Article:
Angela Merkel is a template for success in a world slow to come to terms with female politicians, writes Joyce McMillan
A few years ago, I found myself working with the former Scottish Labour politician Wendy Alexander on a Hansard Society study of the representation of women in parliamentary politics in the UK; and I have never forgotten the strange, ambiguous quality of the picture that emerged. On one hand, it seems we live in an age when parties have never been more publicly committed to improving female representation; even the Conservatives, these days, make some of the right noises about trying to improve the gender balance of their parliamentary party, and their front bench.
Yet in practice, it seems that there have been changes in our political and social culture, over the last 20 years, that have been working against this theoretical commitment to greater gender equality. Among these pressures are the relentless emphasis on physical appearance, which bears even more heavily on women than men as they enter the middle-aged years when most political careers reach their peak; and the development of a 24-hour media cycle which demands that ministers and senior parliamentarians are “always on”, and rarely if ever take time off. These conditions of 21st century political life make the job almost impossible for any person with caring commitments, and have driven many women out of frontline politics in recent years, including Wendy Alexander herself.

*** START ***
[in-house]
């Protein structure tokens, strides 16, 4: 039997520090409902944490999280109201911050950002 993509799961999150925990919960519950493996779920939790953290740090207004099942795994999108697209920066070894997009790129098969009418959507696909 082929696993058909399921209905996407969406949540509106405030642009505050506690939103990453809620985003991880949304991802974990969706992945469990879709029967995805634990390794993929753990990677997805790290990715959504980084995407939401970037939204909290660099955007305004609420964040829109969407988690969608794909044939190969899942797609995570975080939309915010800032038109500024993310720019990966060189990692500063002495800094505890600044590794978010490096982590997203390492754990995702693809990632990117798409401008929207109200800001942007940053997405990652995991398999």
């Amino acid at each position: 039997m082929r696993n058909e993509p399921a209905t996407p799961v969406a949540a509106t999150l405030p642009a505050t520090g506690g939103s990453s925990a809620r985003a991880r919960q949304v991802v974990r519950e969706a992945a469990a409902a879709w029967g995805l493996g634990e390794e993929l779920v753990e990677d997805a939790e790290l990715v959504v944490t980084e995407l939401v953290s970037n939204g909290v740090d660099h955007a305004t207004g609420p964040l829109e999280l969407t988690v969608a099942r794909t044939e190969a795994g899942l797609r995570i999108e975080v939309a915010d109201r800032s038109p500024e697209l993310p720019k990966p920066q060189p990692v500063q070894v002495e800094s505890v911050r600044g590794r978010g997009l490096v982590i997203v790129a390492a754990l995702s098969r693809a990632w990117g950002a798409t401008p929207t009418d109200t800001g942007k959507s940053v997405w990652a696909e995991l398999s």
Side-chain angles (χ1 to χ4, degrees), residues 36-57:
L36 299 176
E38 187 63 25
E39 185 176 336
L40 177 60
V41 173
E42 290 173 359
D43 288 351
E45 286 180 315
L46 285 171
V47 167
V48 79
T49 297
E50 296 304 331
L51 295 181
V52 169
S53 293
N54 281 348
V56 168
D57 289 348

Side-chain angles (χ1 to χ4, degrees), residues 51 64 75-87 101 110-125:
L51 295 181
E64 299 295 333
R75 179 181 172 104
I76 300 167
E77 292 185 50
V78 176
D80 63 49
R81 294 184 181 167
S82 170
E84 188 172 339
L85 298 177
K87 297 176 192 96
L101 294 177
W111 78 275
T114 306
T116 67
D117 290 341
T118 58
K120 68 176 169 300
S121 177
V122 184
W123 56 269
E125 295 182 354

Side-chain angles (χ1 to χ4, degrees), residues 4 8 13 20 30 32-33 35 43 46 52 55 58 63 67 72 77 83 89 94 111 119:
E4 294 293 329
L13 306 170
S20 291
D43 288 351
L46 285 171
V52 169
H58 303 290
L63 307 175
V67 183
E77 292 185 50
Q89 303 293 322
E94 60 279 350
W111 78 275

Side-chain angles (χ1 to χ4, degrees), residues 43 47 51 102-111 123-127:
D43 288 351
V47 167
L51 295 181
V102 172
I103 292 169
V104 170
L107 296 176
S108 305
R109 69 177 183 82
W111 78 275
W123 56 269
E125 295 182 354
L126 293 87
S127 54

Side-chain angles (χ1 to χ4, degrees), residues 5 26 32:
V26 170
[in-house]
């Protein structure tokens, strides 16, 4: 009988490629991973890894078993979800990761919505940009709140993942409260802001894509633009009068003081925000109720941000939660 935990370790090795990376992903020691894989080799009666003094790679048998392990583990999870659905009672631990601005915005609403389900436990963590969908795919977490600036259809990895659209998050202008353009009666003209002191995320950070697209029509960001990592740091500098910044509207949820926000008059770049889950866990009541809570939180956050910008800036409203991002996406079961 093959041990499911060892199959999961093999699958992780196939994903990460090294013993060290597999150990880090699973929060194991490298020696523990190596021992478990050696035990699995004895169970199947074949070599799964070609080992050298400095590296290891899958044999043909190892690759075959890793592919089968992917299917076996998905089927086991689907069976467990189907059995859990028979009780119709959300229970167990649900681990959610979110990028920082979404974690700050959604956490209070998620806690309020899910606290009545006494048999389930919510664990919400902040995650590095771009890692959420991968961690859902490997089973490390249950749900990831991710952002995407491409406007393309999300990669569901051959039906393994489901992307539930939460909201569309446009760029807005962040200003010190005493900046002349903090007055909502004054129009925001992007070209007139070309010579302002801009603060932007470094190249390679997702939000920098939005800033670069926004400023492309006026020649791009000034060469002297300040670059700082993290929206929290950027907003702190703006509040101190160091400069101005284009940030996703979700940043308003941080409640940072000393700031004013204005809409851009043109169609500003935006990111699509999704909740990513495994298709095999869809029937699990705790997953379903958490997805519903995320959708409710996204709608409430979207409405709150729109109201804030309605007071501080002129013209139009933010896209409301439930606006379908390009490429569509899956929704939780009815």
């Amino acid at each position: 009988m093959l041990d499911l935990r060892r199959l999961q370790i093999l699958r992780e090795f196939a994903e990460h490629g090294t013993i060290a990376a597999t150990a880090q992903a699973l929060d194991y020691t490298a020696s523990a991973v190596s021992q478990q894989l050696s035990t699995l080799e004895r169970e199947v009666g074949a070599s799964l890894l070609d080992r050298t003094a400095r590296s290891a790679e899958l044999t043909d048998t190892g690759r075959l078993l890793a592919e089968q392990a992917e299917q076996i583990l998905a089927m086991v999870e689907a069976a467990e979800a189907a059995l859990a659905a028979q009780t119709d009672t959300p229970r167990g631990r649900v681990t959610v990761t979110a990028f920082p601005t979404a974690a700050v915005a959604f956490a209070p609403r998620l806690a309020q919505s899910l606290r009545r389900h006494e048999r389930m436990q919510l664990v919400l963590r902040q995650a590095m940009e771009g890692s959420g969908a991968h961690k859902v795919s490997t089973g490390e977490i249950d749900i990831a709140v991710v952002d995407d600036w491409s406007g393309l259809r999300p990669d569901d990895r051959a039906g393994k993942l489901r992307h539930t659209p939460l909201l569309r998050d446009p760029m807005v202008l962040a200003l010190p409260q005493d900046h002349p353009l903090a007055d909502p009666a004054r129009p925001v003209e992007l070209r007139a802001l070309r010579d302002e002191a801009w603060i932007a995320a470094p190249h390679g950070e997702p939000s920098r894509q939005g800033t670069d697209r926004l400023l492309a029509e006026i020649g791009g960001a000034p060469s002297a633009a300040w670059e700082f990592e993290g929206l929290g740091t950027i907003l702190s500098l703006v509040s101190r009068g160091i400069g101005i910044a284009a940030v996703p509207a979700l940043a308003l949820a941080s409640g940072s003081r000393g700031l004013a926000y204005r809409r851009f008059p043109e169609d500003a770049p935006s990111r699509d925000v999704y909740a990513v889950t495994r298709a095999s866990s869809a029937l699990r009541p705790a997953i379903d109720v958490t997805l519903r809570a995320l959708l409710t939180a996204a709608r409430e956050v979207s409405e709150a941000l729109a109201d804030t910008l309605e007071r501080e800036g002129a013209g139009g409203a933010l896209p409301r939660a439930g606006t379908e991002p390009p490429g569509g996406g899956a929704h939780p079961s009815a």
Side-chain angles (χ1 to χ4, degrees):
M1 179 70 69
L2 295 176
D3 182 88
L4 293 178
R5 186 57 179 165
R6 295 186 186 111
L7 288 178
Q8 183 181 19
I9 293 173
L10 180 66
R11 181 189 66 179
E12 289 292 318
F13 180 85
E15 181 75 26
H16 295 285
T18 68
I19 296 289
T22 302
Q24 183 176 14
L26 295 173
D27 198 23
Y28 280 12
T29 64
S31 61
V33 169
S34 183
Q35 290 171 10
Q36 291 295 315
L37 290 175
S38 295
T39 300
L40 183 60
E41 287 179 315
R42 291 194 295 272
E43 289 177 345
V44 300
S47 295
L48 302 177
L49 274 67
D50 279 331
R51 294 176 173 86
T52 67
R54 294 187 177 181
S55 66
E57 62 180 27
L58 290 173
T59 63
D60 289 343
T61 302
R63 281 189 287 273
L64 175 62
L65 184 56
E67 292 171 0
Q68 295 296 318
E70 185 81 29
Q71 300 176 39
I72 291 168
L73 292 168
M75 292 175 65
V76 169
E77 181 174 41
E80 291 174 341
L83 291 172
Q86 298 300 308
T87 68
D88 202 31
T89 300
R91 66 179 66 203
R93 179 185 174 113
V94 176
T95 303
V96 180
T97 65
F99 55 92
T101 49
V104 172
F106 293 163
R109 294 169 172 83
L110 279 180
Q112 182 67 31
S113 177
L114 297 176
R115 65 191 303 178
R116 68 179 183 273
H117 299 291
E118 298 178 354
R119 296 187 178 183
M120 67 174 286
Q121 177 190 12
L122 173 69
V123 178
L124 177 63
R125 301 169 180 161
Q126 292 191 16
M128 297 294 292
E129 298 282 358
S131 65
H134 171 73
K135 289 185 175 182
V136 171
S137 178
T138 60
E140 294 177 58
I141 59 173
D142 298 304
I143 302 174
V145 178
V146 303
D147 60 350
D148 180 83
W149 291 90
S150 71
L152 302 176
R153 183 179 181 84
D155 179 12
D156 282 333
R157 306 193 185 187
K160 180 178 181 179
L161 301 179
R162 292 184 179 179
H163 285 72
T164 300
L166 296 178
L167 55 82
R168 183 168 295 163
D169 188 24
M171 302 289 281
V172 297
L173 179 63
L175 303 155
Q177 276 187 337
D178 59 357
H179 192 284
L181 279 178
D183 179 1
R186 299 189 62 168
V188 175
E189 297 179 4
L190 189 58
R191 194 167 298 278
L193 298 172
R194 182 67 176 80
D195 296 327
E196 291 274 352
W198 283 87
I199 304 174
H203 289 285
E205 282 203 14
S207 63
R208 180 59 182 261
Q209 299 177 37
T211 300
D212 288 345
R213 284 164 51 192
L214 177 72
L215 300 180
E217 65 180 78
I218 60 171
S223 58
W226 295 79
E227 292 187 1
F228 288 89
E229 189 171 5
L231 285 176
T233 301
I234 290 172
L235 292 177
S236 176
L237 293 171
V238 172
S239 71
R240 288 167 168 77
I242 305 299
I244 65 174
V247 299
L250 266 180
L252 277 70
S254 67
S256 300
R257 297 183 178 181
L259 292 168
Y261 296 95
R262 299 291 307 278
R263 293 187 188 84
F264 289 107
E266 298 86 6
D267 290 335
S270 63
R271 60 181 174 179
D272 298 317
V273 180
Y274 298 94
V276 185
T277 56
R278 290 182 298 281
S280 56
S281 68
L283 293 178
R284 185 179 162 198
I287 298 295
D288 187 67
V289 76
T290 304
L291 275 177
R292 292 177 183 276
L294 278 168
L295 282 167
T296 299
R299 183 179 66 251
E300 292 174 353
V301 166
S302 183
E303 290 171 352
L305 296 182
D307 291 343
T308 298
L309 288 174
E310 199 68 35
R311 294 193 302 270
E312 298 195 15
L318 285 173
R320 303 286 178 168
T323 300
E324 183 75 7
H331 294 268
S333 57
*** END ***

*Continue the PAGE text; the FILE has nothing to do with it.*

All of which only makes more remarkable the achievement of the German chancellor Angela Merkel, who this week won a resounding third victory in a German general election, coming within a whisker of an overall majority in a Bundestag elected by the same system later chosen for the Scottish Parliament, and similarly designed to make overall majorities unlikely. Mrs Merkel is now set to become the longest-serving elected female head of government in European history, overtaking Margaret Thatcher, the leader with whom she is most often compared. In truth, though, she could hardly be less like Margaret Thatcher in style and personality; and it is interesting to consider just how she has succeeded in becoming perhaps the most widely trusted and respected leader in German postwar history.